Japanese Prime Minister Shinzo Abe’s ruling bloc was headed for a big win in Sunday’s election, bolstering his chance of becoming the nation’s longest-serving premier and reenergising his push to revise the pacifist constitution.
Abe’s Liberal Democratic Party-led (LDP) coalition was set to win 311 seats, keeping its two-thirds “super majority” in the 465-member lower house, an exit poll by TBS television showed.
Public broadcaster NHK also said the ruling bloc was closing in on a two-thirds majority, although some other broadcasters had the ruling bloc slightly below the two-thirds mark.
A hefty win raises the likelihood that Abe, who took office in December 2012, will have a third three-year term as LDP
leader next September and go on to become Japan’s longest-serving premier. It also means his “Abenomics” growth strategy centred on the hyper-easy monetary policy will likely continue.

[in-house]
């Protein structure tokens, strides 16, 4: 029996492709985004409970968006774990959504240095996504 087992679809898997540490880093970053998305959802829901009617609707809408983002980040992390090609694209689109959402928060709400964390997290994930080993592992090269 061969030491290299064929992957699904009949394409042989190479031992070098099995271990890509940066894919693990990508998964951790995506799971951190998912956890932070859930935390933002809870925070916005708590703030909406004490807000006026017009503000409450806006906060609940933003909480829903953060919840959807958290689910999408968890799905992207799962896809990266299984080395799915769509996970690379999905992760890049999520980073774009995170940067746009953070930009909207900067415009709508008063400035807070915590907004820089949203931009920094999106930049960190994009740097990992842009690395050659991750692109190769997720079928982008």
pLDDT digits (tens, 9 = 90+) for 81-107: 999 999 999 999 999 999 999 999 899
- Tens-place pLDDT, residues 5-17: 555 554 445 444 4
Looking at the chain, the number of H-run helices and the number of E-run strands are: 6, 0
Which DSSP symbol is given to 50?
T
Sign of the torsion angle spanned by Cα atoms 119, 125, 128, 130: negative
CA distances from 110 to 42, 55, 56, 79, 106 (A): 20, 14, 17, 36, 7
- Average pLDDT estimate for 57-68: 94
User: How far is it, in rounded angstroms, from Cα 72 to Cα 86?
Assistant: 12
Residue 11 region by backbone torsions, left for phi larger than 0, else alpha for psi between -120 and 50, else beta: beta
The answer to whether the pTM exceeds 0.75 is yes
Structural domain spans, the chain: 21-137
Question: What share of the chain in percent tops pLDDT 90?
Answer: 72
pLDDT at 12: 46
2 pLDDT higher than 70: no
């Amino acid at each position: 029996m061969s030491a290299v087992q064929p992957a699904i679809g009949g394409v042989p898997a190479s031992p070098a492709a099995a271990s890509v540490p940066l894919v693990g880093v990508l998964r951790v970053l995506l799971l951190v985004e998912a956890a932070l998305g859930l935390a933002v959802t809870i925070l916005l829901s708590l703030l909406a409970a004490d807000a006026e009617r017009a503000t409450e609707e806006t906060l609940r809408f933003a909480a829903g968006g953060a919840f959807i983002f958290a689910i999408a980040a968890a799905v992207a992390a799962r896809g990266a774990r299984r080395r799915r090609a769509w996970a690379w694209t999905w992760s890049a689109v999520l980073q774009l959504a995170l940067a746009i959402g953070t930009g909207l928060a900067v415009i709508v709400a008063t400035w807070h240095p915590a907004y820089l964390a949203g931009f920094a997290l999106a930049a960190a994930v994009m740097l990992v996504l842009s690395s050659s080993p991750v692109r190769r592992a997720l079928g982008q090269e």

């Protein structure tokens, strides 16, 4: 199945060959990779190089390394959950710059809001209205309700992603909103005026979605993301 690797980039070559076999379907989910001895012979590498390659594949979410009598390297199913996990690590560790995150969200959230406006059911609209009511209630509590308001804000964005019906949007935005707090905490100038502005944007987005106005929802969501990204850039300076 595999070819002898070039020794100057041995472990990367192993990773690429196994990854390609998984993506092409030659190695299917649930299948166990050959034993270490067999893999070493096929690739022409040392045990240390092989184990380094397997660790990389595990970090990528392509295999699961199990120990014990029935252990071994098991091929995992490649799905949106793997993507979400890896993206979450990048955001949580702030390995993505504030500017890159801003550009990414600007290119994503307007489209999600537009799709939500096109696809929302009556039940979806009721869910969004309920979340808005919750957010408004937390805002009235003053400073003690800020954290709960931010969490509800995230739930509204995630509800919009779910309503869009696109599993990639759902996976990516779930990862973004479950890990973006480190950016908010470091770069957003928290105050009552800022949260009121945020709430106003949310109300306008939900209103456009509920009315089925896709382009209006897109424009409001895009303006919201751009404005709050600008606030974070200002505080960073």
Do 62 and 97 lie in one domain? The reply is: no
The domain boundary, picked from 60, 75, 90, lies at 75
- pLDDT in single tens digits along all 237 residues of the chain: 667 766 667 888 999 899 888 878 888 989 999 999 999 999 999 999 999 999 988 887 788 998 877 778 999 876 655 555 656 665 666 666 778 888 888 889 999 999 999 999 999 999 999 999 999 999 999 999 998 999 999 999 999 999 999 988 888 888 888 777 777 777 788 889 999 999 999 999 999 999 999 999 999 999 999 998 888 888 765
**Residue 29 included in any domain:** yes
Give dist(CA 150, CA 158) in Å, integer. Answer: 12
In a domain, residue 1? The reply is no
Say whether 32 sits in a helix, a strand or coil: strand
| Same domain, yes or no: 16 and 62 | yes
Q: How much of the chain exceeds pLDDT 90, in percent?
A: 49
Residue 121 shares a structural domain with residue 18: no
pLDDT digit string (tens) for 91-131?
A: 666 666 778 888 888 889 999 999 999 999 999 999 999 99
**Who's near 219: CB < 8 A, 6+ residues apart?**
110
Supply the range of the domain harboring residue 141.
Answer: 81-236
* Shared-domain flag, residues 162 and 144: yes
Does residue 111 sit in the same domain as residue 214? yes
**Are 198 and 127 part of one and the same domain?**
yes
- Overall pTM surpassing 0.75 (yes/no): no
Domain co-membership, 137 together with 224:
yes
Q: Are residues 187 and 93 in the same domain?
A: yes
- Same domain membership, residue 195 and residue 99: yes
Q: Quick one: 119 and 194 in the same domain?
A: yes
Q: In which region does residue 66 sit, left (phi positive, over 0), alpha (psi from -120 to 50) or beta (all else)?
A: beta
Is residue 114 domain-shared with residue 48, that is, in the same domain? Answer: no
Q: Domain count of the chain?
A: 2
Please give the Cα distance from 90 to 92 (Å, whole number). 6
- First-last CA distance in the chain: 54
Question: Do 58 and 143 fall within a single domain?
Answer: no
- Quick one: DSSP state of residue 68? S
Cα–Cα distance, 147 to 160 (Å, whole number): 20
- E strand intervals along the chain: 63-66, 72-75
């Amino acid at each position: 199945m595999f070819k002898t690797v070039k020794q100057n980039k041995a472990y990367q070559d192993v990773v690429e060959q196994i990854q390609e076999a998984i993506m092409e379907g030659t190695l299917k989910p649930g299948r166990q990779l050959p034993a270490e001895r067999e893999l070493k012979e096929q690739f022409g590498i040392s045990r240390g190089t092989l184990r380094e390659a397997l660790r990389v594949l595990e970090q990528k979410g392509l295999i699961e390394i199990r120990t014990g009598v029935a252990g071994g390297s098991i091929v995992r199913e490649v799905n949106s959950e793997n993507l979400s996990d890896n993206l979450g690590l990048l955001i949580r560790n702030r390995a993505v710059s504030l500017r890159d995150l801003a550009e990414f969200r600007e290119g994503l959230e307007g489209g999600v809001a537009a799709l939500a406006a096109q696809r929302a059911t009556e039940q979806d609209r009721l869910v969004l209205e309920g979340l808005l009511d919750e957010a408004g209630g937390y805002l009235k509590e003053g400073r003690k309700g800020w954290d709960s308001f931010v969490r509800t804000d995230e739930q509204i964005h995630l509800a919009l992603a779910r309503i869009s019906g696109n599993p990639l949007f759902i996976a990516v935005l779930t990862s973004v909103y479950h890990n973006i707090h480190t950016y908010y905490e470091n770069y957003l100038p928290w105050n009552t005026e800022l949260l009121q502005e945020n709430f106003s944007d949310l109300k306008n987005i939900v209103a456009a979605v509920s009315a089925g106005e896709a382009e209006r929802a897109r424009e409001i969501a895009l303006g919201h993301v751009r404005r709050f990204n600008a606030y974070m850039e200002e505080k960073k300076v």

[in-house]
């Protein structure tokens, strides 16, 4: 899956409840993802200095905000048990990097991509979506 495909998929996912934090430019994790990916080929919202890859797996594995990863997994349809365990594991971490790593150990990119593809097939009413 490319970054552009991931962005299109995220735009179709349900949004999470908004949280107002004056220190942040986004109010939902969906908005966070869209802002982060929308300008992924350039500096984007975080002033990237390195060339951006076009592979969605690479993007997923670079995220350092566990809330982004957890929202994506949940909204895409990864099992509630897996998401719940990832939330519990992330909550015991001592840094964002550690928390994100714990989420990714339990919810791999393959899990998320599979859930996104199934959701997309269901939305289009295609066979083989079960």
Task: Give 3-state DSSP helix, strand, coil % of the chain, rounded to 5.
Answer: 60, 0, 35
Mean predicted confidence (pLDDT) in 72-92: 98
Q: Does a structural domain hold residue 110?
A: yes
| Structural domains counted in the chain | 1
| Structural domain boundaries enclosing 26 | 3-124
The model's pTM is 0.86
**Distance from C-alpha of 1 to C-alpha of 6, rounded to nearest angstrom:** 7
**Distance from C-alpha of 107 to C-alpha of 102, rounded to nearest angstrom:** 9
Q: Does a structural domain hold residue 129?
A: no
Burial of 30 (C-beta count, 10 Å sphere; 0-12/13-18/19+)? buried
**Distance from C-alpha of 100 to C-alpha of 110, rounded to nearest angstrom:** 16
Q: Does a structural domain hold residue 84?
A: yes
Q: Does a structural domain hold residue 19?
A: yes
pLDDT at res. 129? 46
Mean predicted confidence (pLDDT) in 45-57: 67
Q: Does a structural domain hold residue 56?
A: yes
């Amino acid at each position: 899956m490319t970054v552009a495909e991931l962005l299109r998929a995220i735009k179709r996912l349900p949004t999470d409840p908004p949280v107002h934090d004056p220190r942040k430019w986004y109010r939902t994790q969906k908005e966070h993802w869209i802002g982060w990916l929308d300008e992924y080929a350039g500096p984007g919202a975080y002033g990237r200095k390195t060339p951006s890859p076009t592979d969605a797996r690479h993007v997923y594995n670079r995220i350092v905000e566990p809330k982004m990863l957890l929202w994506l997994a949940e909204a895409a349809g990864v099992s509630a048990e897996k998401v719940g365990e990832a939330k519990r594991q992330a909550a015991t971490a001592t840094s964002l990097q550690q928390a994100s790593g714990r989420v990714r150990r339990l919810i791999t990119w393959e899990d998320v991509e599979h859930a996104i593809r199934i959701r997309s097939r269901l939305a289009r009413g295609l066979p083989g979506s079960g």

Final official results from the election, which coincided with an approaching typhoon, are expected early on Monday.
The US-drafted Constitution’s Article 9, if taken literally, bans the maintenance of armed forces. But Japanese governments have interpreted it to allow a military exclusively for self-defence.
Backers of Abe’s proposal to clarify the military’s ambiguous status say it would codify the status quo. Critics fear it would allow an expanded role overseas for the military.
Abe said he would not stick to a target he had floated of making the changes by 2020. “First, I want to deepen debate and have as many people as possible agree,” he told a TV broadcaster. “We should put priority on that.” The LDP’s junior partner, the Komeito, is cautious about changing the constitution, drawn up after Japan’s loss in World War II. Several opposition parties favour changes, but don’t necessarily agree on details.
Amendments must be approved by two-thirds of each chamber of parliament and then by a majority in a public referendum.
“Now that pro-constitutional change parties occupy more than two-thirds of the parliament, the constitution will be the most important political issue next year,” said Hidenori Suezawa, a financial market and fiscal analyst at SMBC Nikko Securities.
“And as we saw in the UK ..., a referendum could be tricky. So while Abe is likely to be prime minister for the time being, it is too early to say whether he can stay in power until 2021.” Abe declined to say if he’d run for a third term.